His ratings in free fall, President George W. Bush’s charm offensive is on: more press conferences, the hiring of “maverick” Tony Snow, even Dubya’s second fiddle to impersonator Steve Bridges at the White House correspondents’ dinner gag fest. Gone, for now anyway, is that “bubble” protecting Mr. Bush from what a senior advisor to the President once called the “reality-based community.”
There’s a way to end such executive oscillations between bubble and Bubba while restoring openness to both the White House and Congress in a time of widespread voter mistrust. It’s a forum whosze drama can help revive a democracy where just half the adults vote. It’s Question Time, a political centerpiece of two nations like ours, Britain and Canada. C-SPAN attracts millions of Americans who watch Tony Blair’s weekly grilling in the House of Commons. Far more would tune in to a monthly American Question Time pitting the President against his critics on Capitol Hill.
Early in 1993, rumor had it that President-elect Clinton was considering a form of Question Time. But then he took office and soon retreated from even regular press conferences. How dramatic was that retreat? President Bush’s press conference of Oct. 11, 2001 was the first prime-time session since 1995. For six blissful years, two Presidents had avoided going before cameras in prime time to swat away the softballs that dominate these one-sided meetings.
By 2003, Mr. Bush had held just 11 press conferences, compared with 91 by Dwight Eisenhower, 71 by his father and even 32 by the reclusive Richard Nixon at similar points in their Presidencies. This extreme isolation contrasted with Mr. Bush’s junior partner in the “coalition of the willing.” Tony Blair’s position on Iraq became so unpopular that, in contrast to Mr. Bush, he began to hold monthly press conferences at 10 Downing Street. It was very American, and traditionally very not done by Her Majesty’s First Minister.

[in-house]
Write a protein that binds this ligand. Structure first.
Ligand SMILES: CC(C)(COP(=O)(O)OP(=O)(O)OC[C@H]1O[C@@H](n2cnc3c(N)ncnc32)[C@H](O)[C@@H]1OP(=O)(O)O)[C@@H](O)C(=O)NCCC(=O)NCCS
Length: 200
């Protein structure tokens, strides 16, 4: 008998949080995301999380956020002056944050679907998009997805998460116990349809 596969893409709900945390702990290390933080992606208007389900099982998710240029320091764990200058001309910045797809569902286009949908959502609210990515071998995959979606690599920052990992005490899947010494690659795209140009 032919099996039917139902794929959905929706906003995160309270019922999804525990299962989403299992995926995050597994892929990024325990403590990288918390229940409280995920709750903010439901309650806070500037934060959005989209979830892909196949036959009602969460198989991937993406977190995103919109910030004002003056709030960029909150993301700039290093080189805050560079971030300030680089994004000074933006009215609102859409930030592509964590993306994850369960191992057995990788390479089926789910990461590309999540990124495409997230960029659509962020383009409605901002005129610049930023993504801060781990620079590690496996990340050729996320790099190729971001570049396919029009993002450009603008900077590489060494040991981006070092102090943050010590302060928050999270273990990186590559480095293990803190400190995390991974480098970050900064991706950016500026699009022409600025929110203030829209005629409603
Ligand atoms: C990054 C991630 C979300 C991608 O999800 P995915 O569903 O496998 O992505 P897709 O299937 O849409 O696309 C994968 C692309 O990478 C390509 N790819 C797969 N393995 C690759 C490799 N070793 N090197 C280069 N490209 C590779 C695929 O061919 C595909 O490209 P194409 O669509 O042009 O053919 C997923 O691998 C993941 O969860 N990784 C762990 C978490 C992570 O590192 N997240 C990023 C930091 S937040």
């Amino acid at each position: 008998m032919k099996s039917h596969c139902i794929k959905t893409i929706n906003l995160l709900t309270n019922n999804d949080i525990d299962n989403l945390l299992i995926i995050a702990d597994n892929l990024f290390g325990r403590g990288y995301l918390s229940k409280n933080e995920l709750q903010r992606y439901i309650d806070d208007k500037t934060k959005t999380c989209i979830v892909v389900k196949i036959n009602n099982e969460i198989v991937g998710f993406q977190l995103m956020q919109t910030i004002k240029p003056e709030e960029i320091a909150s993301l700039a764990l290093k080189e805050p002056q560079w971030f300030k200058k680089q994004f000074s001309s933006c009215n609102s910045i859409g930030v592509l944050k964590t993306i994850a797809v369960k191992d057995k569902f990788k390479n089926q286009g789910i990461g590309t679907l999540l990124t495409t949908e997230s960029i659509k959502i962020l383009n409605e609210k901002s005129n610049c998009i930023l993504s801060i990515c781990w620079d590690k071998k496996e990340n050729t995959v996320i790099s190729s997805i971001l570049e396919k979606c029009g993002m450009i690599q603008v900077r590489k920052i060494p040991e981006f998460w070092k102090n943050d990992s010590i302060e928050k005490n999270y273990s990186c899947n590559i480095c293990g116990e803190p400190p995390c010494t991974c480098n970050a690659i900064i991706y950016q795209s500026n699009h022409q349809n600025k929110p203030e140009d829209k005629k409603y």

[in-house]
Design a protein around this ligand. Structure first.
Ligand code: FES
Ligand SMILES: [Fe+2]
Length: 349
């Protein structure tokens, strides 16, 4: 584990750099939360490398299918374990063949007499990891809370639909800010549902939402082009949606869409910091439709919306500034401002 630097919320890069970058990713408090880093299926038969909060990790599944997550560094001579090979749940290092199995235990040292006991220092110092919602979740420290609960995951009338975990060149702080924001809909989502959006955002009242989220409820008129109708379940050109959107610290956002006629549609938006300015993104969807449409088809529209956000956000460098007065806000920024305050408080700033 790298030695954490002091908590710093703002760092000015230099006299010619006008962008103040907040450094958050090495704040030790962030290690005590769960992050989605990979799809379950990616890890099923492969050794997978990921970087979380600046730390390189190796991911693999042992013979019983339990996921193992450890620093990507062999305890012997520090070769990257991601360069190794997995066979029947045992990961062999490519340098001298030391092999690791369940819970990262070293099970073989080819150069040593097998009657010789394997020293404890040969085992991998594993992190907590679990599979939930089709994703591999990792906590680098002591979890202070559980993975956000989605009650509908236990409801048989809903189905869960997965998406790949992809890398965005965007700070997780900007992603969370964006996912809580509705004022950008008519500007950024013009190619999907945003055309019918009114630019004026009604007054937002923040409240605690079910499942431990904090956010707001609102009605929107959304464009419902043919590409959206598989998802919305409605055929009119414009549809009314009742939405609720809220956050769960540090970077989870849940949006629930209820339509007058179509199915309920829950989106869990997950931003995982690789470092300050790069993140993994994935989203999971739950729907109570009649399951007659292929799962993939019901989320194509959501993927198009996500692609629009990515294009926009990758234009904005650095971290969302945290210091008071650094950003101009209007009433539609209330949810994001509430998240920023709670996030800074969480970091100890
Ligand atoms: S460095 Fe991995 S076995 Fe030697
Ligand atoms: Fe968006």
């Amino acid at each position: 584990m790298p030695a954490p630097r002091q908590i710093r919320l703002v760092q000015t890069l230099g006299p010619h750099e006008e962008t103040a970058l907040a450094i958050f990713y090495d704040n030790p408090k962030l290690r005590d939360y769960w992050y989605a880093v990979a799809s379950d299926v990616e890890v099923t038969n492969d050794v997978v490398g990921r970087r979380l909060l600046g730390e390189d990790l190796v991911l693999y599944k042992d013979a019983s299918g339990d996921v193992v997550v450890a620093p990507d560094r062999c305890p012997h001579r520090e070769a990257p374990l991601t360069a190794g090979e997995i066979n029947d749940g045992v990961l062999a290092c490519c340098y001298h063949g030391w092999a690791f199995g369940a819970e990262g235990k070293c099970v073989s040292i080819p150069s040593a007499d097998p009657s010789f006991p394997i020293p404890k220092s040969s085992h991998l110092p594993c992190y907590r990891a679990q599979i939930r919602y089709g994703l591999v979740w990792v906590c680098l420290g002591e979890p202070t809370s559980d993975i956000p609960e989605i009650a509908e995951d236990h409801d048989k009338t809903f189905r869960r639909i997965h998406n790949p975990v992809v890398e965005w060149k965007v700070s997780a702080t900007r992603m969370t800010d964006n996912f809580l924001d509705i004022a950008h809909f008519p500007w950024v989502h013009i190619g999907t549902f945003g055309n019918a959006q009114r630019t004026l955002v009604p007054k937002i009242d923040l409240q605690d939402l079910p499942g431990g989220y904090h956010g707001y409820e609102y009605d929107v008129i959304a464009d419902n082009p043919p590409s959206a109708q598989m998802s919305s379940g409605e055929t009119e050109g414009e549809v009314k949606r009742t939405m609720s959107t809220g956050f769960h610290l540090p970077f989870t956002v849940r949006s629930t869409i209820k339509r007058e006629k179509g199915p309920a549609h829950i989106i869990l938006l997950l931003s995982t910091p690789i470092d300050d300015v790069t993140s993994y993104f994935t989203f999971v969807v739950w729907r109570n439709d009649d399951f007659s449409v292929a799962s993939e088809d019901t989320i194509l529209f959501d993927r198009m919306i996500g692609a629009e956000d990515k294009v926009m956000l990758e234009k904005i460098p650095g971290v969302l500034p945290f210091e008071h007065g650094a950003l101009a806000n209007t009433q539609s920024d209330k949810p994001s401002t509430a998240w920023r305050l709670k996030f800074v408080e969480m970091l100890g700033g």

Our last two Presidents compare feebly to John F. Kennedy, who met weekly with reporters. Although James Reston once called these televised sessions “the goofiest idea since the hula hoop,” Kennedy knew better: He used the press conference as a pipeline to the people. The format also served to show off, in the words of Arthur M. Schlesinger Jr., Kennedy’s “intellectual speed and vivacity … the terse self-mocking with the exhilarating personal command.” But even these sessions were lopsided. We need a more equal meeting ground in Washington—and that could be Question Time.
Al Gore seemed to realize this. In 2000, inspired by his town meetings during the primaries, he pledged many more if elected. “It will be a centerpiece of the way I conduct an open, continuing, candid, no-holds-barred dialogue with the American people,” he said solemnly. But Presidential town meetings tend to be very slow pitches, even mash notes from gushing fans. Far closer to the spirit of Question Time was John McCain: He promised in 2000 to meet regularly at the White House with Congressional critics. “That kind of exchange would be good for America,” he said. Even so, a few Congressional nags in the Oval Office would still be pretty decorous compared to a full, howling body of them in a Question Time setting.
An earlier, and thorough, case for this kind of forum was made in 1942 by Thomas K. Finletter, a New Dealer who later served in the Truman and Kennedy administrations. Though a very liberal Democrat, Finletter was concerned about the increasingly strong Presidency of the man he served, Franklin Roosevelt. In his lively (if blandly titled) book, Can Representative Democracy Do the Job?, Finletter strongly urged a Question Time as a legislative check on his boss.
Given our current political alienation and the near extinction of the press conference, the need to restore some balance between the branches of government is even more relevant today. With a televised Question Time, Americans would have a regular, dramatic way to follow what their President and Congress were doing—or not doing—on their behalf.
In the meantime, we have the vanishing press conference and the State of the Union address, where the President commands the House lectern amid partisan huzzahs and standing ovations while also making like Ed Sullivan, asking plants in the House gallery to “take a bow” for their civic deeds.
Woodrow Wilson was the first President to actually give the State of the Union message, mandated by the Constitution, in person rather than through a letter. That idea set a fine precedent for Question Time, because the in-person speech has become a custom.
Our founding document doesn’t require the President to meet with the press—that’s a custom. And Question Time can become a custom too.
All it takes is a President willing to give it a try.
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